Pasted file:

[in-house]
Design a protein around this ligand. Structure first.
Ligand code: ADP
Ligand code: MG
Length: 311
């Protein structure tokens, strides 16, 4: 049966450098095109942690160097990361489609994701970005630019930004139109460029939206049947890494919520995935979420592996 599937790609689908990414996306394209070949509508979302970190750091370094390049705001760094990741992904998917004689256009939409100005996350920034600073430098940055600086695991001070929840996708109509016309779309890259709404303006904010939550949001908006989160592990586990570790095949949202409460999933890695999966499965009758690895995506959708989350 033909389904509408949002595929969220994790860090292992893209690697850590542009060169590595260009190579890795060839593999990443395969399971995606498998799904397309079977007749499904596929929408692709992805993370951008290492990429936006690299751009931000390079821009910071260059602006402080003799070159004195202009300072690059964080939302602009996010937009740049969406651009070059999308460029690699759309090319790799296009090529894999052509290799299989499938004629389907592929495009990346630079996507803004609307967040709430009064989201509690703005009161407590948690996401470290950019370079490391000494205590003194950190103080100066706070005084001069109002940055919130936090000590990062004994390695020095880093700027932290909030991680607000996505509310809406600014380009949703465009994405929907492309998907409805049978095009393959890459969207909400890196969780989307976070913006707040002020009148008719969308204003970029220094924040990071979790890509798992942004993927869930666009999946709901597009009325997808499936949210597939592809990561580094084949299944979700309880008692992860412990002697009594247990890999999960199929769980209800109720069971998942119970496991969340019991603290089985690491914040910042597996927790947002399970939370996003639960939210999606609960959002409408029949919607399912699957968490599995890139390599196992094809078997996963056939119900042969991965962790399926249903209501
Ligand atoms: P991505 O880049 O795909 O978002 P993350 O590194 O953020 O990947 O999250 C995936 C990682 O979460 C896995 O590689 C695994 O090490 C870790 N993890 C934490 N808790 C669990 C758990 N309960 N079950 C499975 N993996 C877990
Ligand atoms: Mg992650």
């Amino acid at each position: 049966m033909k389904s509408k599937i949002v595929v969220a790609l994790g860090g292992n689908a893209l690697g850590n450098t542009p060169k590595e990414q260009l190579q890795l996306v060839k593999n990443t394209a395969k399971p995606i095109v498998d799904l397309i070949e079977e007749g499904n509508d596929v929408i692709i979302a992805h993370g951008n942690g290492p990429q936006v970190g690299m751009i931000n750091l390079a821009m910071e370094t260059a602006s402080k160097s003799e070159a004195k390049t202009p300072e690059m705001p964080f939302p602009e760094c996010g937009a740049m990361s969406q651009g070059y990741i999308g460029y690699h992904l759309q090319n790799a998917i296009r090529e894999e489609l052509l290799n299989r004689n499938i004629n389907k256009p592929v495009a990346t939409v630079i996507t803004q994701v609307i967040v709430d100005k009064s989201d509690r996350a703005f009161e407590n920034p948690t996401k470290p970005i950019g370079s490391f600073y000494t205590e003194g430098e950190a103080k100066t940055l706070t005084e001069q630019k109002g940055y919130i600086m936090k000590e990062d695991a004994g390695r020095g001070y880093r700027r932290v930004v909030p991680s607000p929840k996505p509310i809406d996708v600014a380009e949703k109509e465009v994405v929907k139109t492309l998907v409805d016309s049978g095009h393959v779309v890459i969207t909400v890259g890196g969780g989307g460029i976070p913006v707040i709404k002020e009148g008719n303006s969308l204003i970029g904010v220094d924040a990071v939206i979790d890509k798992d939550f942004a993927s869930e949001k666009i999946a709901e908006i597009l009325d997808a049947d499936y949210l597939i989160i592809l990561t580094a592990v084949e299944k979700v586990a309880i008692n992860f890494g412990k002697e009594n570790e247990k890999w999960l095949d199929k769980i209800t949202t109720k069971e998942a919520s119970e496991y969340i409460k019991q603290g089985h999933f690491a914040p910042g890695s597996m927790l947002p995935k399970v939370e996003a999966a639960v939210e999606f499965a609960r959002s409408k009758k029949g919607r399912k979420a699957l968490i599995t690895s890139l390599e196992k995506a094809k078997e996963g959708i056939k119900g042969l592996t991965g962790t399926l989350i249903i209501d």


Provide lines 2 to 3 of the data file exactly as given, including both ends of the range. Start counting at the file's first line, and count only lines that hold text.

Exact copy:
Design a protein around this ligand. Structure first.
Ligand code: ADP